Perfect Your Lighting

Another pro tip is to perfect your lighting. If you’re working in a woodshop, shed, or garage that you routinely cut in, we’d suggest splurging on some nice overhead lighting.

Regardless of where you work, it’s a good idea to grab a mobile spotlight. Depending on your body position, you could project a lot of shadows into your work area as you’re trying to cut. This makes the project even harder.

Using a spotlight allows you to position it perfectly and illuminate the marked line on your wood as well as the piece itself.

Set the Blade

A lot of DeWalt circular saws have the ability to adjust the shoe height and bevel angle. These two dimensions are critical for your project.

Before cutting anything, it’s important to set your blade. First off, make sure you have the right blade inserted. Different tooth configurations are made for different materials to cut, so you’ll need to have the correct one installed.

Most commonly, you’ll have the shoe positioned so the maximum amount of blade is exposed. The bevel angle is typically 90-degrees so it’s perpendicular to the wood you’re cutting. Make sure the fasteners are tightened after adjusting these settings.

Know How to Hold Your Saw

If you’ve never held a saw before, you’ll want to practice. The best way to do this is to grab some scrap wood that you were going to toss anyway.

The best holding position is with your dominant foot forward and bracing a little bit. A strong stance will keep everything controlled and avoid the disaster of tripping while cutting.

You’ll want to put your dominant hand on the handle with the trigger on it. The other will be used to hold the rubber grip at the front of the tool.

For the most comfortable stance, you’ll probably be standing on the left of the tool and material as you cut.

For righties, this means your right hand is on the handle with the trigger, left hand is on the front grip, and right foot is slightly forward as you stand to the left of the tool.

Protect the Cord

If you don’t have a cordless DeWalt, you’ll have a cord that can easily be caught up, cut, and ruin your project.

Our tip is to throw the cord over your right shoulder while you’re working. This prevents the cord from dangling and getting in the way of your blade while you’re cutting. Your saw’s blade will shred through the cord instantly if it comes in contact. You’re left with an inoperable tool.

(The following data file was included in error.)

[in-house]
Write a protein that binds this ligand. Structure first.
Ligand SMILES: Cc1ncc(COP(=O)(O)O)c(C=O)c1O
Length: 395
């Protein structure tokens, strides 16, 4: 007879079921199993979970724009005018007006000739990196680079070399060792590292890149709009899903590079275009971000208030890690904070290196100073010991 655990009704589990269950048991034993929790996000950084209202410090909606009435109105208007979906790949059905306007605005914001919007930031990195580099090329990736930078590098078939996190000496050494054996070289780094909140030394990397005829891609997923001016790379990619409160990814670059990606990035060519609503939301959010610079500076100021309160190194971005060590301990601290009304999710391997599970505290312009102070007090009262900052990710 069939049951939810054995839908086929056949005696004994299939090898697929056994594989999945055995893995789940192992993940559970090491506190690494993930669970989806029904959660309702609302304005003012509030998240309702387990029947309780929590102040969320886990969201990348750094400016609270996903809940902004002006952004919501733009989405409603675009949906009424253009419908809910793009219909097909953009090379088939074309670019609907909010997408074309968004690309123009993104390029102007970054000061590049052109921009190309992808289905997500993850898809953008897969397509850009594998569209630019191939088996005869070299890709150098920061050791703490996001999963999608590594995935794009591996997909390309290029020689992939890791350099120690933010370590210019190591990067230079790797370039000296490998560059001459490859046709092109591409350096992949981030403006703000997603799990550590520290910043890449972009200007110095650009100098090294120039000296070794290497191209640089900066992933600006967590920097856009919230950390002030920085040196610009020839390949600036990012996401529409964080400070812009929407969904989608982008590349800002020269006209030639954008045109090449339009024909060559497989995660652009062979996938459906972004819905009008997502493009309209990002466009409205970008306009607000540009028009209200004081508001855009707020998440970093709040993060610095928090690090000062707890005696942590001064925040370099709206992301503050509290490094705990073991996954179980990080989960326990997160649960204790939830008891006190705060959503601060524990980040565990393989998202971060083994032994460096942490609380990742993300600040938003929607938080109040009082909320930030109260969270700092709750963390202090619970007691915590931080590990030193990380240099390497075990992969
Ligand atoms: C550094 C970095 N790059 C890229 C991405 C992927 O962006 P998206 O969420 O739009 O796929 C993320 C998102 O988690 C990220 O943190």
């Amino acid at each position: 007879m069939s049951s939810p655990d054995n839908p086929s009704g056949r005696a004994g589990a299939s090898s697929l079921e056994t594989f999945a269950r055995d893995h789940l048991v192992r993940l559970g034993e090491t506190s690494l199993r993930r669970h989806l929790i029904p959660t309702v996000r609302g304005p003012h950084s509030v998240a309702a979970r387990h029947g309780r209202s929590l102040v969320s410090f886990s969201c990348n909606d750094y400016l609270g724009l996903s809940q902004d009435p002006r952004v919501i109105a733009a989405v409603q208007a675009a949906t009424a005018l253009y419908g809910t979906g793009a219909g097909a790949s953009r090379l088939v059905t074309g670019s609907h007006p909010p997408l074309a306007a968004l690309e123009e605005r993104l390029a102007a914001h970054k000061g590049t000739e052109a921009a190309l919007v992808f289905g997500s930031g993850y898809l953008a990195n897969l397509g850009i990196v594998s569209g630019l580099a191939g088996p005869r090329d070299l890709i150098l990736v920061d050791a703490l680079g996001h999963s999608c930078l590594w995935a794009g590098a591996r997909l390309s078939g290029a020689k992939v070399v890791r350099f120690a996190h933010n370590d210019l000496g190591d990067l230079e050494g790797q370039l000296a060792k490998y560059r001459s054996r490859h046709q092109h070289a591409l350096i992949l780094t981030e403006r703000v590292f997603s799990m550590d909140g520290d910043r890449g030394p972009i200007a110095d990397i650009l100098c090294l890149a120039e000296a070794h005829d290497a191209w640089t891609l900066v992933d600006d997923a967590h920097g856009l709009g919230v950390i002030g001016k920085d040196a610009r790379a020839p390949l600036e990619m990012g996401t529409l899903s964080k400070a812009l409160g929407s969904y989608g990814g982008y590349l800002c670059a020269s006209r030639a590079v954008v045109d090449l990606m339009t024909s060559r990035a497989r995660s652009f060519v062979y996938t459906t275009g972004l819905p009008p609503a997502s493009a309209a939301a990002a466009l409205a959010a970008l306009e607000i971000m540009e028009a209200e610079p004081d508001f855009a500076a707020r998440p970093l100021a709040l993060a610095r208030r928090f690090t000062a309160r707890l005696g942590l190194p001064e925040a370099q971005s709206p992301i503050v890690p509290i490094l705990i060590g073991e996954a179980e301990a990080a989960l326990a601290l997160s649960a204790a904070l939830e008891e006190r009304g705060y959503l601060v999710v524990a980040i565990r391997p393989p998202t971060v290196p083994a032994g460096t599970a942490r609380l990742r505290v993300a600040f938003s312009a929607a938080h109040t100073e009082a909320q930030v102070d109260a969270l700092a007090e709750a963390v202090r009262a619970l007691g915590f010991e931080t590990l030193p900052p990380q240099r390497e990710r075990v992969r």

Pull and Hold the Trigger Before Touching Material

When you pull the trigger, the saw will start to rotate. Whenever you want to make a cut, you’ll have to pull and hold that trigger until the cut is done.

Make sure the tool is not touching the material you’re about to cut until the blade is up to speed. The saw should be behind the material as you start holding the trigger. Don’t let go of the trigger until the cut is finished and the saw is on the other side, not touching anything.

Failure to do this will result in a choppy finish to your cut and the potential to throw your material around.

Watch the Blade

As you’re cutting and following the guide, make sure your eyes are on the blade, not the marked line. Staring at the marked line isn’t going to change its position at all.

The reason that you want to follow the blade instead is so that you can correct your path and ensure you’re hitting the mark for the full cut.

Aim to hit either side of the marked line as your tool is traveling.

Consider Using a Saw Guide

Want to get a straight cut every time? Consider using a saw guide. This is simply a piece of scrap material that’s straight and used to guide your tool.

The important part here is that the piece is straight and fastened correctly. If you’re using a warped 2×4, you’ll get a warped cut from your saw.

Use Masking Tape on Dark Woods

When you use pencil on a dark wood, you’ll probably lose your marked line. As a result, the final piece won’t be the correct dimension.

A hack that we learned over the years is to break out the masking tape. Apply masking tape in roughly the area that you want to cut. Then, make your measurement and apply your marked line directly on the masking tape.

Since this tape is light-colored, you’ll be able to see your mark. More importantly, it won’t ruin the quality of your cut or damage the material afterward.

Use Clamps if Cutting at an Angle

Any time you have a non-90-degree angle as your bevel, you should clamp your piece.

This is simply because of the physics at play. There are forces tugging the wood in different directions as you cut on a 45-degree angle, for example.

An un-clamped board can be knocked loose and ruin your cut.

Slow and Steady

Using a circular saw is all about feel. Going too fast will give you a choppy final cut. You’ll eventually learn the right pace, but for now, just move the saw slowly and steadily along the material.


Now you know how to use a DeWalt circular saw. The process is pretty straightforward. Make sure you stay safe whenever you use the tool and you’ll enjoy a long life with your circular saw.

Learn how to make other cuts with your circular saw: